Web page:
approximately $5,000 to $6,000 has been paid by Defendant against that
limit, leaving about $19,000 to $20,000 in coverage remaining under the
policy; (3) Plaintiff is still receiving treatment for her injuries and
bills for such treatment continue to be submitted to Defendant; (4) few
to none of the bills submitted to Defendant remain unpaid.*fn3 (Letter
of Moira Clare Duggan, dated March 31, 2004.)
Though there are few or no unpaid medical bills in dispute, Defendant
argues that the amount in controversy exceeds $75,000. Defendant claims
that the $19,000 to $20,000 in coverage remaining under the policy is in
dispute. When that amount is added to the amount that could be awarded in
punitive damages, attorneys' fees, and costs, Defendant claims the
jurisdictional threshold is met. We disagree. First of all, exclusive of
punitive damages, attorneys' fees, and costs, very little or no money
seems to be in dispute in this case. The parties agree that there are few
or no unpaid medical bills in dispute. Furthermore, there is no
indication that Defendant will refuse to pay any future bills submitted
to it on behalf of Plaintiff. Thus, it appears that punitive damages,
attorneys' fees, and costs will make up the bulk of any recovery to Plaintiff. In such a case, we must closely scrutinize the claims to
see if the jurisdictional threshold is met. See Wal-Mart Stores,
116 F. Supp.2d at 570 ("As with claims for attorneys' fees, [claims for
punitive damages] are subject to close scrutiny when, in order to satisfy
the [jurisdictional] threshold, they need to represent a large share of
any possible recovery.") (citing Meritcare Inc. v. St. Paul Mercury
Ins. Co., 166 F.3d 214, 222-23 (3d Cir. 1999)).
Defendant offers no evidence as to the amount of attorneys' fees and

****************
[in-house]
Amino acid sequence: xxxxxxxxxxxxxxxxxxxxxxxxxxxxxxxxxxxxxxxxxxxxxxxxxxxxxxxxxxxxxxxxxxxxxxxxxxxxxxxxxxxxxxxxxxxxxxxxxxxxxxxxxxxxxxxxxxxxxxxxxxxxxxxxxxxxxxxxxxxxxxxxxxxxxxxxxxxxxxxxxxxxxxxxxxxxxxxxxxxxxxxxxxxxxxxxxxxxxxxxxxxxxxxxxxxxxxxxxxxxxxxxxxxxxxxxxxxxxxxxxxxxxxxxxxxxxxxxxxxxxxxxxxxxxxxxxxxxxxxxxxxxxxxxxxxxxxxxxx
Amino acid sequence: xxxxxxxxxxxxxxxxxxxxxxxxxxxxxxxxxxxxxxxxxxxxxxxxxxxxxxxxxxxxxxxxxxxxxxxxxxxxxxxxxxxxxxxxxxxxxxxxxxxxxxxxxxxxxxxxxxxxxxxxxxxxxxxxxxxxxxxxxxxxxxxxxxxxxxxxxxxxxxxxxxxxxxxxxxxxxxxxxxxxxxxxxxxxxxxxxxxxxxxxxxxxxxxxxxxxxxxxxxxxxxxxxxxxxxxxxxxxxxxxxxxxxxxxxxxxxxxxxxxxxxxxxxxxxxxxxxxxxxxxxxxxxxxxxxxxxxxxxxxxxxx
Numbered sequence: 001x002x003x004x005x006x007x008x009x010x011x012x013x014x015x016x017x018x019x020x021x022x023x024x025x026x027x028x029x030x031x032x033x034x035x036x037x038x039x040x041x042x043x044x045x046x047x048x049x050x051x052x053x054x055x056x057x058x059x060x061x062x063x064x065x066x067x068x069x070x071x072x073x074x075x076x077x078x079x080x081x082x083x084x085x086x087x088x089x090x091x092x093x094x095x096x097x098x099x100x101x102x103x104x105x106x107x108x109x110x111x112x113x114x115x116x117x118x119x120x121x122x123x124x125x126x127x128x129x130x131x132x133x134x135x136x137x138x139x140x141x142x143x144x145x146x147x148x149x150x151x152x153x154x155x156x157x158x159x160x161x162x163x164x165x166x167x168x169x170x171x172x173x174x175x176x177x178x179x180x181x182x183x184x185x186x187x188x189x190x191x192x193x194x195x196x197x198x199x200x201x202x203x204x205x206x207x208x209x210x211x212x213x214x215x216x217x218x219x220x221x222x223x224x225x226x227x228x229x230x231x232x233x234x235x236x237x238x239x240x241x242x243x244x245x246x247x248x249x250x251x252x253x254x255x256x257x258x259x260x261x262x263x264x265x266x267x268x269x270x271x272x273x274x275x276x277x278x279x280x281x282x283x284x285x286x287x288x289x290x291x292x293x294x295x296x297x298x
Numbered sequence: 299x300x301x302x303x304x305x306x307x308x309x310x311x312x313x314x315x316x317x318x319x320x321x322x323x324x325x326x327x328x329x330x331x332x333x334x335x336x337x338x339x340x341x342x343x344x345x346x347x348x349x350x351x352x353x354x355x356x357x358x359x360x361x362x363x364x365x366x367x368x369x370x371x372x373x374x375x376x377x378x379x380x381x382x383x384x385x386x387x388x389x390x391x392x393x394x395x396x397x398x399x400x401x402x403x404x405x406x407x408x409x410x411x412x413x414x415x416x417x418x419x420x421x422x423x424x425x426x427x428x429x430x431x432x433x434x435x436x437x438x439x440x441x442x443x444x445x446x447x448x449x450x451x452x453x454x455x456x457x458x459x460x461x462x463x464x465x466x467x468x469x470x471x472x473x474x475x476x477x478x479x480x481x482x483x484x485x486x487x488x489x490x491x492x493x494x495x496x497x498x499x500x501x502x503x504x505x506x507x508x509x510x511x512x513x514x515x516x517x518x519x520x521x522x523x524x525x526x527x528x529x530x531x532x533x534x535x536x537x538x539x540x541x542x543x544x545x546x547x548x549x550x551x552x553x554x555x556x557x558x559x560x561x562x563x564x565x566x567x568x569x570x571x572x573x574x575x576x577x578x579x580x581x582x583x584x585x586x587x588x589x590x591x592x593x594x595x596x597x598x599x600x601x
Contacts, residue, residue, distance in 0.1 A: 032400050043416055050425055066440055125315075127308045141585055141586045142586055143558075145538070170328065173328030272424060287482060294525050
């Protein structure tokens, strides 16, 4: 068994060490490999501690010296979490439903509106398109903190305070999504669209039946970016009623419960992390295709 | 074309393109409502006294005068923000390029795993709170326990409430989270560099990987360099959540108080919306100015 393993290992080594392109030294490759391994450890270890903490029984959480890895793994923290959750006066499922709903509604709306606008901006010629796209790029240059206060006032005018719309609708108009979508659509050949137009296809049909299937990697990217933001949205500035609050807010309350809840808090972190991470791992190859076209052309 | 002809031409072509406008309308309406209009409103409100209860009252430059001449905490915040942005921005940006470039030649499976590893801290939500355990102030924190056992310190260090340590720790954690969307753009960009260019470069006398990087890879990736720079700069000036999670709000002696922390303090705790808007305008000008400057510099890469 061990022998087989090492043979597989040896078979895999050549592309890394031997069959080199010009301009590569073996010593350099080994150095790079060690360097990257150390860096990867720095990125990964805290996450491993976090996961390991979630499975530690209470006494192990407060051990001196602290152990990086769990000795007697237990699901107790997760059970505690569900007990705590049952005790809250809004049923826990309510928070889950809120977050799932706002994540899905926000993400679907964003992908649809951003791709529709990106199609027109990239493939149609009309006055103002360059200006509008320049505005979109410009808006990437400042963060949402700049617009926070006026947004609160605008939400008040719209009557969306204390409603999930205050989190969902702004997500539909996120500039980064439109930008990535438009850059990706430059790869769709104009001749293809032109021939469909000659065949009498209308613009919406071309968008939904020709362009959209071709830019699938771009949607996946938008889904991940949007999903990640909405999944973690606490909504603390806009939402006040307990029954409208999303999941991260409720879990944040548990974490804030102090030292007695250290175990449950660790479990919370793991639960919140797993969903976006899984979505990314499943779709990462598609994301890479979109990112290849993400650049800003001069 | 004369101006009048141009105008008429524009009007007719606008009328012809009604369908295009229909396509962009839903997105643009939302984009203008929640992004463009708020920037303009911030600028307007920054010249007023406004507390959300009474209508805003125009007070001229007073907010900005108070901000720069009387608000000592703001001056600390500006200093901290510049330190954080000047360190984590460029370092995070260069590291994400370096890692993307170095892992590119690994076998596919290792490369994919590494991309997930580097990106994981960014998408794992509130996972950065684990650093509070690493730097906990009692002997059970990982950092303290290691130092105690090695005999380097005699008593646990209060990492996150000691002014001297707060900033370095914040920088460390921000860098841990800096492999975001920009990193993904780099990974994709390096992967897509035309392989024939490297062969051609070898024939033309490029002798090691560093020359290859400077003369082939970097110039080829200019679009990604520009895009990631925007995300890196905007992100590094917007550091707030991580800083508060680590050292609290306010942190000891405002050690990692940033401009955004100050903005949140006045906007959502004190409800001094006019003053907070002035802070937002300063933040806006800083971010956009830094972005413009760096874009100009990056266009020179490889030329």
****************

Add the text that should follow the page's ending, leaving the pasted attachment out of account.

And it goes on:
punitive damages that could be awarded in this case. For example,
Defendant offers no evidence that this case is so complex that
Plaintiff's attorneys' fees will be substantial. Defendant also offers no
evidence that a substantial punitive damage award might be appropriate.
In short, Defendant asks that we conclude that a potential award of
punitive damages, attorneys' fees, and costs will exceed $75,000, without
any evidence that it will exceed that amount. It is the Defendant's
burden to show to a legal certainty that the amount in controversy
exceeds $75,000. "If this Court has to guess, defendant has not proved
its point." Irving v. Allstate Indem. Co., 97 F. Supp.2d 653, 656 (E.D.
Pa. 2000) (remanding case because the defendant presented no evidence
that the potential punitive damages, attorneys' fees, interests and costs
would combine with other damages to exceed the jurisdictional
threshold); Wal-Mart Stores, 116 F. Supp.2d at 570-71 (remanding case
because defendant did not meet its burden to show that the potential
damages would exceed the jurisdictional threshold). Defendant is asking
us to guess. Accordingly, we will remand this case to the state court.
An appropriate Order follows. ORDER
AND NOW, this 7th day of April, 2004, upon consideration of
Plaintiff's Motion to Remand (Doc. No. 5), it is ORDERED that Plaintiff's
Motion is GRANTED. It is further ORDERED that this matter shall be
REMANDED to the Court of Common Pleas of Philadelphia County.